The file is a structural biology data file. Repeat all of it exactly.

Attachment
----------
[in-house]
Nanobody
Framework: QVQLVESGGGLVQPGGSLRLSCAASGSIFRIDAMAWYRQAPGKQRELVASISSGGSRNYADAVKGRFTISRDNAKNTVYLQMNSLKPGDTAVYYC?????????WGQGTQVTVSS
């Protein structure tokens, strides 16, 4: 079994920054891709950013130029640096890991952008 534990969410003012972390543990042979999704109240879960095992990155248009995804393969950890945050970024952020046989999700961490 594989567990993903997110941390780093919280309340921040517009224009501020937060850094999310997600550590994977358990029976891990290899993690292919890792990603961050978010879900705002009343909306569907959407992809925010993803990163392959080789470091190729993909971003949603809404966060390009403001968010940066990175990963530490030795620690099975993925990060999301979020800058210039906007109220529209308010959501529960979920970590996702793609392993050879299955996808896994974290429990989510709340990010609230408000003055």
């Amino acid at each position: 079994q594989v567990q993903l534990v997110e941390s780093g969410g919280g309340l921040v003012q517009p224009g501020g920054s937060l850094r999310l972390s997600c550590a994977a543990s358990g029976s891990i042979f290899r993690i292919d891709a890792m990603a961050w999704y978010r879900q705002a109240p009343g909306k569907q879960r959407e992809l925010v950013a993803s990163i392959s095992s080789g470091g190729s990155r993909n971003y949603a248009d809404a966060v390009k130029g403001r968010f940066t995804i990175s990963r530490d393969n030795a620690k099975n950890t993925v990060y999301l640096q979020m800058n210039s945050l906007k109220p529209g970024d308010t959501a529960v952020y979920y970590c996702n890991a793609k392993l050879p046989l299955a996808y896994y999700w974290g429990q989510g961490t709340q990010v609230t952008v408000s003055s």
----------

[in-house]
Nanobody
Framework: QVQLVESGGGLVQPGGSLRLSCAASGSIFRIDAMAWYRQAPGKQRELVASISSGGSRNYADAVKGRFTISRDNAKNTVYLQMNSLKPGDTAVYYC?????????WGQGTQVTVSS
């Protein structure tokens, strides 16, 4: 079994920054891709950013130029640096890991952008 534990969410003012972390543990042979999704109240879960095992990155248009995804393969950890945050970024952020046989999700961490 594989567990993903997110941390780093919280309340921040517009224009501020937060850094999310997600550590994977358990029976891990290899993690292919890792990603961050978010879900705002009343909306569907959407992809925010993803990163392959080789470091190729993909971003949603809404966060390009403001968010940066990175990963530490030795620690099975993925990060999301979020800058210039906007109220529209308010959501529960979920970590996702793609392993050879299955996808896994974290429990989510709340990010609230408000003055």
């Amino acid at each position: 079994q594989v567990q993903l534990v997110e941390s780093g969410g919280g309340l921040v003012q517009p224009g501020g920054s937060l850094r999310l972390s997600c550590a994977a543990s358990g029976s891990i042979f290899r993690i292919d891709a890792m990603a961050w999704y978010r879900q705002a109240p009343g909306k569907q879960r959407e992809l925010v950013a993803s990163i392959s095992s080789g470091g190729s990155r993909n971003y949603a248009d809404a966060v390009k130029g403001r968010f940066t995804i990175s990963r530490d393969n030795a620690k099975n950890t993925v990060y999301l640096q979020m800058n210039s945050l906007k109220p529209g970024d308010t959501a529960v952020y979920y970590c996702n890991a793609k392993l050879p046989l299955a996808y896994y999700w974290g429990q989510g961490t709340q990010v609230t952008v408000s003055s």